One study indicates that the age at biopsy for this condition varies from the first weeks of life through to 11 months.2 When the biopsy is taken early, it may be performed to exclude alveolar capillary dysplasia (ACD) since neonates with both alveolar simplification and ACD can have significant pulmonary hypertension.2 Occasionally, these two diseases occur together. Alveolar simplification is one of the most common biopsy-confirmed causes of DLD of infancy.2 ,3

There are several causes of growth abnormality that manifest as AGA. The most common is prematurity, when the condition is known as chronic neonatal lung disease (CNLD). This is a milder pattern of lung disease than that which used to occur in premature neonates, who were ventilated, and which was known as hyaline membrane disease/bronchopulmonary dysplasia (HMD/BPD). HMD/BPD is characterised by sequential severe acute lung injury with hyaline membranes followed by significant alveolar structural simplification with fibrosis. CNLD is now more common in premature neonates than HMD/BPD due to the advent of prenatal steroid administration, surfactant replacement therapy and more refined ventilatory support. Therefore, HMD/BPD is now rarely seen in premature neonates.

Similar alveolar simplification may occur in term infants if there is pulmonary hypoplasia (eg, due to oligohydramnios, congenital diaphragmatic hernia, neuromuscular abnormalities and others), in neonates with congenital heart disease or in neonates with chromosomal abnormalities, particularly Trisomy 21. In the latter condition, the alveolar simplification is characteristically subpleural. One study showed that prematurity or congenital heart disease was highly predictive of AGA as the primary histological pattern of DLD.4 AGA can also occur in term infants who develop early postnatal infections which inhibits appropriate postnatal lung development. AGA has also been described in otherwise normal term neonates.2 A small proportion of these are infants of diabetic mothers. In other cases, it is presumed that undetected fetal hypoxia prevented normal alveolar growth.2 More recently, both AGA and extensive emphysematous change have been described in infants with TTF-1 (NKX2.1) deficiency, as part of the triad of cerebral dysgenesis, thyroidal dysfunction and severe pulmonary insufficiency which characterise the phenotype of this genetic disorder.10

The outcome of AGA is variable depending on the underlying aetiology, the severity of the alveolar simplification and the presence of pulmonary hypertension. In one cohort, the overall mortality was 34%.4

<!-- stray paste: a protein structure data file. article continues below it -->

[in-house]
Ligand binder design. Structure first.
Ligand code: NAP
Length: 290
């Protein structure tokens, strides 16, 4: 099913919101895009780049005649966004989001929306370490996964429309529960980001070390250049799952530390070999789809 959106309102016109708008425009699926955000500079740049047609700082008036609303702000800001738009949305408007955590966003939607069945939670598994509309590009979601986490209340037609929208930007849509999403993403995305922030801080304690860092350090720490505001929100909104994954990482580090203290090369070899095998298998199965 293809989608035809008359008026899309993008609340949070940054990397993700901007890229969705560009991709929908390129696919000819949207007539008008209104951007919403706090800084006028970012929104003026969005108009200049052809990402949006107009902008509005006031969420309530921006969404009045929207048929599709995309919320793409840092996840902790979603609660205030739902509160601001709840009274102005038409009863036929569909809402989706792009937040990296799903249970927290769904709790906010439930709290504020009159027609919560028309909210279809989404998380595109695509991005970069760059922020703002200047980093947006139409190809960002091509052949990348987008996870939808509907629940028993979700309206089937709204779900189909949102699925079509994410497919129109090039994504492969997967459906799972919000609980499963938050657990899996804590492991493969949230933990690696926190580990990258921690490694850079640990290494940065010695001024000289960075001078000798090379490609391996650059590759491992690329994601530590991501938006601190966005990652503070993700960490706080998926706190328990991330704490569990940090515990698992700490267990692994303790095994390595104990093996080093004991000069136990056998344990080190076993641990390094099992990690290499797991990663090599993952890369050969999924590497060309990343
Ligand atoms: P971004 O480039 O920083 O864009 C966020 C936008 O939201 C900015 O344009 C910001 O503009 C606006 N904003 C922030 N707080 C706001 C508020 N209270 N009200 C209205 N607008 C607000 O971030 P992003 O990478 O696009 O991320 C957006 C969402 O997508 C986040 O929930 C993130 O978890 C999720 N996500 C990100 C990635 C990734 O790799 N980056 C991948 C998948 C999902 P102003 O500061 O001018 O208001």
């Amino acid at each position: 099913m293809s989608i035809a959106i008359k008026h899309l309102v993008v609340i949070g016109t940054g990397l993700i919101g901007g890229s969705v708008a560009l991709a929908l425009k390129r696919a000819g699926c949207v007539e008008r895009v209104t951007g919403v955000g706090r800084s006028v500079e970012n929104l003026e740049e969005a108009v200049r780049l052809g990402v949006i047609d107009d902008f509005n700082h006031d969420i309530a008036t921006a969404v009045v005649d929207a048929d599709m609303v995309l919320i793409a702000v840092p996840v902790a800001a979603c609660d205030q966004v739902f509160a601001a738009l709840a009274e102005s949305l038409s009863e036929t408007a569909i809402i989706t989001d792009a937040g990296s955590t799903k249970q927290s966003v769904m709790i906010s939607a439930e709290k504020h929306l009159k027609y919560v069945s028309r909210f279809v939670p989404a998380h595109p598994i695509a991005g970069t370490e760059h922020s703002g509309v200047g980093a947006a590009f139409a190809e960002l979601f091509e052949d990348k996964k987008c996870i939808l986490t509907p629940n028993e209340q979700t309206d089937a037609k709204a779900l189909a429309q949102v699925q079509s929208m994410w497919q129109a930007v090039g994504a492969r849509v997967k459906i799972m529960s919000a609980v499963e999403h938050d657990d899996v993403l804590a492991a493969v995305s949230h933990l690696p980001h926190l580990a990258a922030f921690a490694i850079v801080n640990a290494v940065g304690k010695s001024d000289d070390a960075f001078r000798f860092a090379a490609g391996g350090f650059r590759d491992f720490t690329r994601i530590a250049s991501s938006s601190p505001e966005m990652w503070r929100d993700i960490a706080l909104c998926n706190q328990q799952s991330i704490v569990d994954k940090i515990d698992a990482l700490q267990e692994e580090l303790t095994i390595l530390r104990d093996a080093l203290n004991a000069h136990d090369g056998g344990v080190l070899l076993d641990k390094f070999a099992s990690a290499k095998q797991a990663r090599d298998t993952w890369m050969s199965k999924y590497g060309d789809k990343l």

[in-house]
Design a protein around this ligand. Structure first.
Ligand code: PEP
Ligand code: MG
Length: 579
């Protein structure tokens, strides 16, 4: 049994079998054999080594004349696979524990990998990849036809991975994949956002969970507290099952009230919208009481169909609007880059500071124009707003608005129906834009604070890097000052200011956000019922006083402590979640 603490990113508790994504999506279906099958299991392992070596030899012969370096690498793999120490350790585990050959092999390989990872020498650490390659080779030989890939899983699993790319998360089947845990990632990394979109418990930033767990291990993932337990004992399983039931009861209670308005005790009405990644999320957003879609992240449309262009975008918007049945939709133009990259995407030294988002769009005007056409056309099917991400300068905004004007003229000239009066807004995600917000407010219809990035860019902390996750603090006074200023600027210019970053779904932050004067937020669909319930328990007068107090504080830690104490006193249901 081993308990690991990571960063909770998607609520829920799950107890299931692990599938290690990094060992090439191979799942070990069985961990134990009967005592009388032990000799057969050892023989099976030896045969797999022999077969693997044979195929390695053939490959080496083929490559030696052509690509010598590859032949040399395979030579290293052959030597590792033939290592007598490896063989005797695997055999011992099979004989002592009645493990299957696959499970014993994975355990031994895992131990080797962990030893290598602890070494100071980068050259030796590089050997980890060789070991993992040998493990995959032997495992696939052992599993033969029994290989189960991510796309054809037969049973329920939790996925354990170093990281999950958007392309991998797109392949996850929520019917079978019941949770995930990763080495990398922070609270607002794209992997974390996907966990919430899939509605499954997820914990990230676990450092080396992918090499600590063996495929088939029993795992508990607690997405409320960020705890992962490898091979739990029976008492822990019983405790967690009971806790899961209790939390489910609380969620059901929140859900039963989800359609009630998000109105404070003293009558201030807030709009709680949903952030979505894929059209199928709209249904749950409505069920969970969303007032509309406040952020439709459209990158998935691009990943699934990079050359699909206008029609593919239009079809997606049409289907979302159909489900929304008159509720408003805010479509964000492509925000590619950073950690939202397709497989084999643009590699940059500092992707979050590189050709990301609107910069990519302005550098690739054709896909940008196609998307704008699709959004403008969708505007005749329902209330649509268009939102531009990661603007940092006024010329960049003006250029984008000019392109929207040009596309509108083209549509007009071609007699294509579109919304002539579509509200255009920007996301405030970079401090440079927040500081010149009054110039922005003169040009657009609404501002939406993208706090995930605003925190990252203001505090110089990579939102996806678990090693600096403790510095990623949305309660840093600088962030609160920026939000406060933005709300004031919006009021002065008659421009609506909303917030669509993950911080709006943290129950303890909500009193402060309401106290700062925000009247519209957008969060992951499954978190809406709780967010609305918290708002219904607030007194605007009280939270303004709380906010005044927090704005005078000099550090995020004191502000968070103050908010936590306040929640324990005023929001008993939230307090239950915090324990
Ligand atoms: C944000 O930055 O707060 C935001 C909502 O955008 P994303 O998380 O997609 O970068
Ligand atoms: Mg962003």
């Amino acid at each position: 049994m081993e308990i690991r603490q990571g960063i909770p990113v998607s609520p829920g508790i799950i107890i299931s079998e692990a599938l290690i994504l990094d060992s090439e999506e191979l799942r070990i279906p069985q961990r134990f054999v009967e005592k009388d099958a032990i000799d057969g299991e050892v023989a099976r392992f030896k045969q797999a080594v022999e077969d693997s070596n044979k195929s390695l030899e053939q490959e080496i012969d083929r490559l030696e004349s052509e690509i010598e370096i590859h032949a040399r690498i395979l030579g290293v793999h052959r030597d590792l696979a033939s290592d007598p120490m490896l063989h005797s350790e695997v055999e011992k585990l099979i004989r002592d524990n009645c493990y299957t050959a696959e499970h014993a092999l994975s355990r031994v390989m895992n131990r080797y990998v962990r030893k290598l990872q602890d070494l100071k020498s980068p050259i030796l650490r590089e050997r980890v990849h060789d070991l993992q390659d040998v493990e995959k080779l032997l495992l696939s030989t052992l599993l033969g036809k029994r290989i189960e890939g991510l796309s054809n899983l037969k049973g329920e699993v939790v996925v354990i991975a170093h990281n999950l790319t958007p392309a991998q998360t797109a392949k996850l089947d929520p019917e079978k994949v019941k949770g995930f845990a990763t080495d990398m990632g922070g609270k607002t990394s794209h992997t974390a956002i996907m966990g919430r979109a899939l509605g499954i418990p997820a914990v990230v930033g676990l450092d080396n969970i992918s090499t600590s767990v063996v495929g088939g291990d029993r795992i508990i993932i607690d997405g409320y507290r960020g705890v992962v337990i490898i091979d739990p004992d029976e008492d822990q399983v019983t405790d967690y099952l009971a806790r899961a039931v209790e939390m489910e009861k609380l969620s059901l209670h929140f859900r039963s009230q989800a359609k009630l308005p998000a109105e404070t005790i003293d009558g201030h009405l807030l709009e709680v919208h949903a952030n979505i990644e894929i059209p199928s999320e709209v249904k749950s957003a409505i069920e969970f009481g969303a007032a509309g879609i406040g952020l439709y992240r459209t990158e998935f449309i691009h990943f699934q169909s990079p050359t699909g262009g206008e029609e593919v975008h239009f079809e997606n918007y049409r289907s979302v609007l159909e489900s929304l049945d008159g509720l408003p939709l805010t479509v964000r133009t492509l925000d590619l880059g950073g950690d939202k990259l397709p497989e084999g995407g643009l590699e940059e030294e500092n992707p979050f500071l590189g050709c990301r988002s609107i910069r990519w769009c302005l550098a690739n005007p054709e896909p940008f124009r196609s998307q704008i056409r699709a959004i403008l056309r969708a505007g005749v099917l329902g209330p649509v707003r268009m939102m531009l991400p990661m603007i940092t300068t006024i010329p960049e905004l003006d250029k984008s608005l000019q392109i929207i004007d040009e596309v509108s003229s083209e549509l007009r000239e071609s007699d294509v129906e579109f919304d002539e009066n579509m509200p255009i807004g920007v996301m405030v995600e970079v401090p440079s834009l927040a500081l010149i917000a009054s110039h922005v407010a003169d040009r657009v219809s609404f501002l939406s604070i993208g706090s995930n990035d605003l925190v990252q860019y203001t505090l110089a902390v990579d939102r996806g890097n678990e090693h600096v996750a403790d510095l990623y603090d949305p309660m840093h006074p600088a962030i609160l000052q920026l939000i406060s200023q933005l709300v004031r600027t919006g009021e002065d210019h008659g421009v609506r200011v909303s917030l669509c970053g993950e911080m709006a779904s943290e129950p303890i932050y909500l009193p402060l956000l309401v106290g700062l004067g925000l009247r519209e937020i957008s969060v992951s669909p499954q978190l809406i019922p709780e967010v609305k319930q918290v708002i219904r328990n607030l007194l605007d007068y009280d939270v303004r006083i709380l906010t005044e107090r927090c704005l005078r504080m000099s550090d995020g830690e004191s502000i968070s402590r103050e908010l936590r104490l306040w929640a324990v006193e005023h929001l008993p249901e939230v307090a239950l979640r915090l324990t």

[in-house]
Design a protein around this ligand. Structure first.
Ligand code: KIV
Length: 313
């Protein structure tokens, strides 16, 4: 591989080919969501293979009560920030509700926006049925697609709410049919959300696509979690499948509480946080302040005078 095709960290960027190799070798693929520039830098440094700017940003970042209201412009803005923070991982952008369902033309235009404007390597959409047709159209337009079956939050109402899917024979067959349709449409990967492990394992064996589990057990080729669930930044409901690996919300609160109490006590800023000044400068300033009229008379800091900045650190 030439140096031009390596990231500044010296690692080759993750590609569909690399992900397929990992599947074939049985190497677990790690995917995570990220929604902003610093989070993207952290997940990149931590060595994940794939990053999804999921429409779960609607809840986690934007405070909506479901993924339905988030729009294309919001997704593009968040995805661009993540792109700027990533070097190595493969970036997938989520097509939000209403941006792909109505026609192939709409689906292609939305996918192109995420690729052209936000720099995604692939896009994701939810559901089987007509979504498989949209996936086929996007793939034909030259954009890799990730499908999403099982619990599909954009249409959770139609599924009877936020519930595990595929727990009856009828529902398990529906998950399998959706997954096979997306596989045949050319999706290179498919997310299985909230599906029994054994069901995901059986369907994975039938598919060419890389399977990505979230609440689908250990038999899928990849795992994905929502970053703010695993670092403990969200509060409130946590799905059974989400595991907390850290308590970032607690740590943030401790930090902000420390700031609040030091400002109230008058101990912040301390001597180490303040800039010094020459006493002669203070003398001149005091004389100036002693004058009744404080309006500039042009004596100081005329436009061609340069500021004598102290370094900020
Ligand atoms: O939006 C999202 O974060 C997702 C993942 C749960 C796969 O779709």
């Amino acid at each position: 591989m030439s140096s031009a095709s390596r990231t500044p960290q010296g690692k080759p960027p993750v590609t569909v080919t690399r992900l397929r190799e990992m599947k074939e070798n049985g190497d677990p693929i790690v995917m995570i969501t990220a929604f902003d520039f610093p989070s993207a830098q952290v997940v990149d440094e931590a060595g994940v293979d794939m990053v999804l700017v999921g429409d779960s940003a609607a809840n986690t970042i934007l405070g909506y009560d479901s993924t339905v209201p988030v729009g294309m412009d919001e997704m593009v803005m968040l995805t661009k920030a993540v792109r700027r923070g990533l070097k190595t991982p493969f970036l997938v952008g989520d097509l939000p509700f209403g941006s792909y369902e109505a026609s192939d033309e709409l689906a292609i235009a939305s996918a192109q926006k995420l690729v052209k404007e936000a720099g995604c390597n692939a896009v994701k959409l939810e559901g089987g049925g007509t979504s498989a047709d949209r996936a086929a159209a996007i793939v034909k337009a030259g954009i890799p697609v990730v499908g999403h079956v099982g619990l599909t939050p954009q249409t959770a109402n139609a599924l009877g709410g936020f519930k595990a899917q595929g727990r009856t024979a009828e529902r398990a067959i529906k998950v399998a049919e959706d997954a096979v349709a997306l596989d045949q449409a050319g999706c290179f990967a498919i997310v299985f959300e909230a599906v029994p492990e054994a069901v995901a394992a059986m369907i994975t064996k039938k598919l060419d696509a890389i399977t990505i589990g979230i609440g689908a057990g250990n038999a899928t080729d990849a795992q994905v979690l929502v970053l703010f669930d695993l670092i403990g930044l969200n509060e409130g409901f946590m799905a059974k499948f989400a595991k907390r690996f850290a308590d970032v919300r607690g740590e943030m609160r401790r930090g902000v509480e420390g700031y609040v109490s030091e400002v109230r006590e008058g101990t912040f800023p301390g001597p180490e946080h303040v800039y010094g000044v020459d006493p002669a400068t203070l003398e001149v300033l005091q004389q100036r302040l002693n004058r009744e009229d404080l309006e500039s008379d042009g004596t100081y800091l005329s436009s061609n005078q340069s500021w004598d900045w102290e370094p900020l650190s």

Non-inflammatory interstitial thickening

Interstitial thickening can be the main histological pattern of a number of disparate causes of DLD and also is commonly admixed with other disease patterns. The cause of the interstitial thickening should be carefully noted (eg, due to an inflammatory infiltrate, oedema and other causes) to facilitate assessing the cause of the lung pathology.

Pulmonary interstitial glycogenosis

The most common cause of a non-inflammatory, cellular interstitial infiltrate is PIG, which occurs in very young infants, usually <2 months of age and rarely in infants >6 months of age.2 ,4 The characteristic feature is diffuse (more rarely focal) expansion of the interstitium due to vimentin-positive, mesenchymal, oval to spindle cells with cytoplasmic clearing (figure 6). Somewhat confusingly, glycogen is not demonstrated following periodic acid Schiff stain on light microscopy in the majority of cases and hence lack of glycogen identified on light microscopy should not preclude this diagnosis.2 Perhaps for this reason PIG is said to be underdiagnosed.9 Glycogen droplets are more readily identified by electron microscopy.11 Interstitial fibrosis and an inflammatory infiltrate are minor, if present, in PIG and type II pneumocyte hyperplasia is not a feature of this condition.

PIG is commonly seen on a background of AGA, particularly when due to prematurity, and PIG has been noted to occur in more than 50% of cases of AGA presenting in infants below 6 months of age.2 PIG has also been documented in conjunction with CAD, ACD, persistent pulmonary hypertension and congenital lobar emphysema.3 The aetiology of PIG is poorly understood, but it may represent a persistence of embryological mesenchymal cells.3 In one series, there were no deaths due to PIG and the prognosis is generally good, depending on the severity of any associated lung conditions.4 ,12

ACD and misalignment of pulmonary veins

The prominent low-power histological pattern of this complex developmental disease of pulmonary vasculature is interstitial thickening (figure 7). The alveolar capillaries are abnormally placed and central within the thickened alveolar septa and are not closely opposed to the lining pneumocytes. These abnormally placed capillaries can be advantageously visualised with antibodies to endothelial antigens such as CD31 (figure 7B). There is accompanying misalignment of pulmonary veins, which run within the bronchovascular bundles, alongside the pulmonary arteries (figure 7A), although larger pulmonary veins occasionally may be normally placed within the inter-lobular septa.9 Due to this abnormal venous drainage, the capillaries within the alveolar septa are often congested and there are changes of pulmonary arterial hyperplasia, which are seen as medial hypertrophy of small muscular pulmonary arteries and muscularisation of the arterioles. Lymphangiectasia is usually prominent, and ACD may be associated with AGA and PIG. Importantly, neither type II pneumocyte hyperplasia nor inflammation is present in this disease and there is no significant debris or cellular material within the alveolar spaces.

Figure 7